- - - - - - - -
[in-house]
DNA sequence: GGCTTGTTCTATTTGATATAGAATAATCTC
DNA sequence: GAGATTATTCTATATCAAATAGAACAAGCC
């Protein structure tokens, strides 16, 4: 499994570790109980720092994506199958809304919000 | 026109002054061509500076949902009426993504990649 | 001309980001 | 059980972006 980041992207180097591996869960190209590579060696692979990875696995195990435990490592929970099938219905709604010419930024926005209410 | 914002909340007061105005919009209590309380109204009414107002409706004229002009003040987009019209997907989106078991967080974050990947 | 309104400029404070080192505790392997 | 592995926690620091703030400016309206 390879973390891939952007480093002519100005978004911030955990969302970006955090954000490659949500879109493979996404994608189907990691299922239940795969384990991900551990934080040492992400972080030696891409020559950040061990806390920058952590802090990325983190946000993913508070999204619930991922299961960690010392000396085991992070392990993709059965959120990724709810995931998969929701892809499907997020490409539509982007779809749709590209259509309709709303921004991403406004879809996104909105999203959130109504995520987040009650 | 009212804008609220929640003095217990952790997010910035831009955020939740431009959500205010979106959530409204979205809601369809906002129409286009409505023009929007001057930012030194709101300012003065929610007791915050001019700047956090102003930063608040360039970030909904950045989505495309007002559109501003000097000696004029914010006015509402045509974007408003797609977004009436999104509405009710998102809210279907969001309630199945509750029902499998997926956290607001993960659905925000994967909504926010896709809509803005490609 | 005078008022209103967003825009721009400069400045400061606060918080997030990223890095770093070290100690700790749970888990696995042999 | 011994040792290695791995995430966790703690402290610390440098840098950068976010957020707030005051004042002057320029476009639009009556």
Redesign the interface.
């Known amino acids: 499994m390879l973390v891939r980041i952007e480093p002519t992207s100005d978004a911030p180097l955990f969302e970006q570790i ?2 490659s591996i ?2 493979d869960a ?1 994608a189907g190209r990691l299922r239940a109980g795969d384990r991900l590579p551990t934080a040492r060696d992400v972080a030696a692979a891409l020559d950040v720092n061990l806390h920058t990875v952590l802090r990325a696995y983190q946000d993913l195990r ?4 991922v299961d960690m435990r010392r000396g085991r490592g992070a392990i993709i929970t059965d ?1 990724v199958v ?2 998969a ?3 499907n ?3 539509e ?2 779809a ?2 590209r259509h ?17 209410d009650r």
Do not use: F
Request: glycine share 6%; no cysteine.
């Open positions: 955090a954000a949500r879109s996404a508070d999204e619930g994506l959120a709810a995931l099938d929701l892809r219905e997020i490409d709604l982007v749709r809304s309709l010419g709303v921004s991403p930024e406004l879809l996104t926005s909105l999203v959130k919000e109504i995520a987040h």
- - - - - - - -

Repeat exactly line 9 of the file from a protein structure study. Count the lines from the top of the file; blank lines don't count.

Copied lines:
């Open positions: 955090a954000a949500r879109s996404a508070d999204e619930g994506l959120a709810a995931l099938d929701l892809r219905e997020i490409d709604l982007v749709r809304s309709l010419g709303v921004s991403p930024e406004l879809l996104t926005s909105l999203v959130k919000e109504i995520a987040h």